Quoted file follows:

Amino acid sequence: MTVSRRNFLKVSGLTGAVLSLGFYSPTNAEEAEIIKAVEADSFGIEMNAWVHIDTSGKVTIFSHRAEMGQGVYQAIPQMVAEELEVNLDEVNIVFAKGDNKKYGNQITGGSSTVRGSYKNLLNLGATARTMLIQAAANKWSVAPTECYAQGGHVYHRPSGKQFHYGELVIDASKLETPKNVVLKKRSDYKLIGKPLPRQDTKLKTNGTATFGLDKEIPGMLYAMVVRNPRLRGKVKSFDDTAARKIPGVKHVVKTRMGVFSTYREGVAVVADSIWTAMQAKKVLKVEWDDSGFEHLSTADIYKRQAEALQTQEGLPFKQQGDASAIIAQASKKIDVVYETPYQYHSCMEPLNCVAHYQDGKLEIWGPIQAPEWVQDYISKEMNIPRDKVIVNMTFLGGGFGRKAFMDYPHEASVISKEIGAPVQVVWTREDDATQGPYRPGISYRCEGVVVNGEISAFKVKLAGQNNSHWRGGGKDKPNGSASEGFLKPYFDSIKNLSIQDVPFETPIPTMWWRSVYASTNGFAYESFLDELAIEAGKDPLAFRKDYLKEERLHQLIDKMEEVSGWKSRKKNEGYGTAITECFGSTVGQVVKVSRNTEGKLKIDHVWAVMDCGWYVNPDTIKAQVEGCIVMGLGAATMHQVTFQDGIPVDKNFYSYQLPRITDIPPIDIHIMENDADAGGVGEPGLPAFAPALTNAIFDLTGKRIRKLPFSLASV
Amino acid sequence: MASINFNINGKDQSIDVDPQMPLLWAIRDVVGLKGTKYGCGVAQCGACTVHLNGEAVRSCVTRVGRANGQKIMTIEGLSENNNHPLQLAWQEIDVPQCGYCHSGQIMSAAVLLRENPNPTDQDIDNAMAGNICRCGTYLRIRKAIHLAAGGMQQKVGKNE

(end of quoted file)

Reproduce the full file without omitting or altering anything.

Amino acid sequence: MTVSRRNFLKVSGLTGAVLSLGFYSPTNAEEAEIIKAVEADSFGIEMNAWVHIDTSGKVTIFSHRAEMGQGVYQAIPQMVAEELEVNLDEVNIVFAKGDNKKYGNQITGGSSTVRGSYKNLLNLGATARTMLIQAAANKWSVAPTECYAQGGHVYHRPSGKQFHYGELVIDASKLETPKNVVLKKRSDYKLIGKPLPRQDTKLKTNGTATFGLDKEIPGMLYAMVVRNPRLRGKVKSFDDTAARKIPGVKHVVKTRMGVFSTYREGVAVVADSIWTAMQAKKVLKVEWDDSGFEHLSTADIYKRQAEALQTQEGLPFKQQGDASAIIAQASKKIDVVYETPYQYHSCMEPLNCVAHYQDGKLEIWGPIQAPEWVQDYISKEMNIPRDKVIVNMTFLGGGFGRKAFMDYPHEASVISKEIGAPVQVVWTREDDATQGPYRPGISYRCEGVVVNGEISAFKVKLAGQNNSHWRGGGKDKPNGSASEGFLKPYFDSIKNLSIQDVPFETPIPTMWWRSVYASTNGFAYESFLDELAIEAGKDPLAFRKDYLKEERLHQLIDKMEEVSGWKSRKKNEGYGTAITECFGSTVGQVVKVSRNTEGKLKIDHVWAVMDCGWYVNPDTIKAQVEGCIVMGLGAATMHQVTFQDGIPVDKNFYSYQLPRITDIPPIDIHIMENDADAGGVGEPGLPAFAPALTNAIFDLTGKRIRKLPFSLASV
Amino acid sequence: MASINFNINGKDQSIDVDPQMPLLWAIRDVVGLKGTKYGCGVAQCGACTVHLNGEAVRSCVTRVGRANGQKIMTIEGLSENNNHPLQLAWQEIDVPQCGYCHSGQIMSAAVLLRENPNPTDQDIDNAMAGNICRCGTYLRIRKAIHLAAGGMQQKVGKNE